Obama knew the repubs were gonna find a way to say "no" no matter what. They can't let a Dem President and House/Senate pass legislation this big, even if most of the elements are things they would agree with on their own. First of all their blanket ideology (government = baaaad) prohibits anything that would make government look better, and secondly, they know they will be on the wrong side of History. But I suspect they know they already are.

I find it laughable that people like Glenn Beck (who is insane, as anyone with a brain can clearly see) are trying to disassociate with Teddy Roosevelt because of his "progressivism" (new bad word) and that, get this, Warren G. Harding and his "return to normalcy" made him the first great President of the 20th Century. I just about spit out my coffee when I heard that. That was fuckin' funny. But it makes sense, as Warren G. and George W. were Presidential soul mates. The only thing about Harding is that he didn't live long enough to do any lasting damage, though Teapot Dome gave us a clue, and look what happened with the Laissez Faire policies of Coolidge and Hoover? Can anyone honestly say that, given time, the Laissez faire policies of Coolidge and Hoover would have gotten us out of the Great Depression? How about Harding's "return to normalcy?" How would that have looked on 12/7/41? A glimpse at that fictional world would be "The Plot Against America." Same thing that could have happened last year.

Ramble and rant over. And I realize I am a political junkie. Fuck the 12 step process.

Wednesday, February 24, 2010

Here is a pretty honest assessment of what's going on in the Health Care debate. I'm looking forward to seeing what happens tomorrow at the summit. The GOP have put themselves in a box, and they have Anthem Blue Cross to thank in part.

UPDATE: Indeed, there are signs there's finally a 'mo shift going on. Here and here. And there's also this reminder about messaging. What the Repugs are now calling the "nuclear option" was vastly different than their 2005 threat. Remember that?

Tuesday, February 23, 2010

The free-rent in my head continues. Pawlenty, who thinks he's gonna be the next President, is all for "phasing out" Social Security. The thing that makes me most sick about "phasing out" Social Security is the hypocrisy of people who support folks like this. Total pussy move, too. "Can't alienate the elderly voters in my district who support me, can I? Otherwise I'll stand on my 'principles.'" But the younger voters? Fuck 'em, phase SS out. It's the generational warfare people talked about a generation ago. And I'll take it a step further: The elderly who support GOP anti-government rhetoric yet still cash that Social Security check are saying is this: So long as I get mine, fuck the next in line. No, fuck you!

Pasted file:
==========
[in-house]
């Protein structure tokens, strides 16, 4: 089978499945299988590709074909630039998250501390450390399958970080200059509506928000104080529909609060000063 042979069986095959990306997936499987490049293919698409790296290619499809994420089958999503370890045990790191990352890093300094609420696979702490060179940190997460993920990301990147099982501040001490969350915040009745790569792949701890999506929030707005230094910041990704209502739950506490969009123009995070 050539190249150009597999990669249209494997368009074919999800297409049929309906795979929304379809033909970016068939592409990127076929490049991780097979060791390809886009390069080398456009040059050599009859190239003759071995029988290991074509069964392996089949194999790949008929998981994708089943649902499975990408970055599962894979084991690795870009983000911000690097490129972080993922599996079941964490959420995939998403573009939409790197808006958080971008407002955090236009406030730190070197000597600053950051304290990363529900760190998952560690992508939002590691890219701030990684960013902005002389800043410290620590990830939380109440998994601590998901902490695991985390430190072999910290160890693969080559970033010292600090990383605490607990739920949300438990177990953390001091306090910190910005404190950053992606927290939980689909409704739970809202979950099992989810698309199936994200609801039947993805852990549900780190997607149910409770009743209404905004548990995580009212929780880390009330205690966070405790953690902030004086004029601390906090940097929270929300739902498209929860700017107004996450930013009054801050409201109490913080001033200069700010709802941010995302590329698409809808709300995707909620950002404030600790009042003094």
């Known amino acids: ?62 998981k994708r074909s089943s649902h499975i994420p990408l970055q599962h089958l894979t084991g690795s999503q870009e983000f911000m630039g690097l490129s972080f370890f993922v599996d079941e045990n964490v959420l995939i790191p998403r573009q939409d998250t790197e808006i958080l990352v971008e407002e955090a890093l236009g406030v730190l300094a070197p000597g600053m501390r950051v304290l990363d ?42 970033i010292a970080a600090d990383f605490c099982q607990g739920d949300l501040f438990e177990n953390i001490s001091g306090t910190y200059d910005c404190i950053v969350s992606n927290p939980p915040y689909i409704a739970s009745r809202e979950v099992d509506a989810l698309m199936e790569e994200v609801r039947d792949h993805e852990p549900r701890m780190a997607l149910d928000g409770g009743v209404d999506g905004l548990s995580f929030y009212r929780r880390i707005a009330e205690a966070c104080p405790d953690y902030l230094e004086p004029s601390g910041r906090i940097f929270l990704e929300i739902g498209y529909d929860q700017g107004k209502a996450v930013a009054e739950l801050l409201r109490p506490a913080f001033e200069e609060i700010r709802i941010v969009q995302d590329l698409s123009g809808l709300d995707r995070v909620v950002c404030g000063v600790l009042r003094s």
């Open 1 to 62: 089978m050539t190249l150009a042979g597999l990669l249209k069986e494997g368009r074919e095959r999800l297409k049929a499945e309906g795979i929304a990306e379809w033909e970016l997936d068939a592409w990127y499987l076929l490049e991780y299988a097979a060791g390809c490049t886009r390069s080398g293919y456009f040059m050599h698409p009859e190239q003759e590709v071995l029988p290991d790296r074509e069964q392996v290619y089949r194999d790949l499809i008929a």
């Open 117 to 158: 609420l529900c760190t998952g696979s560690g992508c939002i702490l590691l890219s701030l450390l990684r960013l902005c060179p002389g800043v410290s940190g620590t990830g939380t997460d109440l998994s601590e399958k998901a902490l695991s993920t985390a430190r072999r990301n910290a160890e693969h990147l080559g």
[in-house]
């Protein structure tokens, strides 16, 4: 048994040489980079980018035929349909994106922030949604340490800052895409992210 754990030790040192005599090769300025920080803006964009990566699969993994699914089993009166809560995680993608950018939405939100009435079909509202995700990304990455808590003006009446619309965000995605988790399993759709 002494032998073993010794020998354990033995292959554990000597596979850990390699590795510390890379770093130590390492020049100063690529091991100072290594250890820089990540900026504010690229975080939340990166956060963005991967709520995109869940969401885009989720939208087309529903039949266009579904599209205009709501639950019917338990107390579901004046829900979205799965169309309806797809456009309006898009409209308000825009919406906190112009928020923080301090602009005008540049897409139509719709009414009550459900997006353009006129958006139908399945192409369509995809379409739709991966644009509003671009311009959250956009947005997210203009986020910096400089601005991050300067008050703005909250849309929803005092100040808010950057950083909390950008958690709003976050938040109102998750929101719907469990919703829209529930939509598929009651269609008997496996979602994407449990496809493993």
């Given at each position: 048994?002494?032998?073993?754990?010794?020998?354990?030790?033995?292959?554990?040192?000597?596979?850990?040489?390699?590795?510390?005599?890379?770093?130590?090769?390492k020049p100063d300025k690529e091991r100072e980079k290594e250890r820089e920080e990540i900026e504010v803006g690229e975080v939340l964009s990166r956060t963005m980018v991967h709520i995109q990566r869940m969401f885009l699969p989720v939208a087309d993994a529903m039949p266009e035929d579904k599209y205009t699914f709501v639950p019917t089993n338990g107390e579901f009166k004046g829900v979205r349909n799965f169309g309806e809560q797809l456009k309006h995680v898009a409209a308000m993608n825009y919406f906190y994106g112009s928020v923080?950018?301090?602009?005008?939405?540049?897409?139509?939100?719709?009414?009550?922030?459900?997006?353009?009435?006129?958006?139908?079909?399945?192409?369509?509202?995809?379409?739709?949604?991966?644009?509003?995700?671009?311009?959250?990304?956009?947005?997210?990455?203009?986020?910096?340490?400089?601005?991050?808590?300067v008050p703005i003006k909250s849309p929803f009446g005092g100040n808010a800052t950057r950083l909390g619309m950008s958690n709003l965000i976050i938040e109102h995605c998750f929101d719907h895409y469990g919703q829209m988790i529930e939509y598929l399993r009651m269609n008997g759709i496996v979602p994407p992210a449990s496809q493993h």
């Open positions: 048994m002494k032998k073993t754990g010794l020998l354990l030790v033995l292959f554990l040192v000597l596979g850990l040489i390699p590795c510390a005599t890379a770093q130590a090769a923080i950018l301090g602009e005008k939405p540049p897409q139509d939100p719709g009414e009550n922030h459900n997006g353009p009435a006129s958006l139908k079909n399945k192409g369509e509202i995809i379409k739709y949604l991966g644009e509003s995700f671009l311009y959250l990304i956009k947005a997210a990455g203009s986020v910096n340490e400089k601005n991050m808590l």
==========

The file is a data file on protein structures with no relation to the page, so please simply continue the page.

Monday, February 22, 2010

Since we bought the house almost a year ago now, we had this vague idea of the first time home buyer's tax credit, money coming back that would be useful to...reinvest in the house to do a seizmic retrofit, or some such big project. Then reality hit. We've been broke, which is to say cash poor, but we're making ends meet. We had to take on some debt to get appliances and the like, and occasionally break even for the month, knowing once the refund came that we could wipe the slate clean. No seizmic retrofit, though. Knock knock. Hope the big one doesn't hit the Hayward fault while we're owners of the place and/or "Get the drills, bolts and epoxy ready, 'cos I'm going in."

Anyway, today I got confirmation = We're getting a lot of money back. Got the email from the tax accountant today. We actually hired one this year, no more Turbo Tax. Glad I did, because now we'll be back at about break-even. But I'm getting a new fuckin' iPod. Them's the rules.

Sunday, February 21, 2010

Okay, I'm going to try and be done with caring about what the wingnuts think. As Roger Ebert put it recently (about resentment and caring about what others think of you), it's like "allowing someone to live rent-free in a room in your head."

Instead, I'll try and provide some analysis. The 2010 midterms look to be a classic one in longstanding patterns for a first term President. The opposition party is likely to pick up seats. But it doesn't appear to me that it's going to be a realignment like 1994 or 2006, if (and only if) Obama can fight the real enemy. The real enemy is not anger--the vitriol out there now is from those who didn't vote for him in the first place, the same people whose basest instincts were thrown out in the open with Palin's tacit encouragement lining up in the last days for their rallies, examples of which we've all seen on YouTube. But, rather, disappointment, especially from folks on the left, not necessarily the independent voters--this latter group will have to do with who's running in what district. As we saw in Massachusetts, Scott Brown probably won because Coakley was a really bad candidate who took the race for granted. The real enemy is disappointment, and disappointment leads to low turnout among former supporters.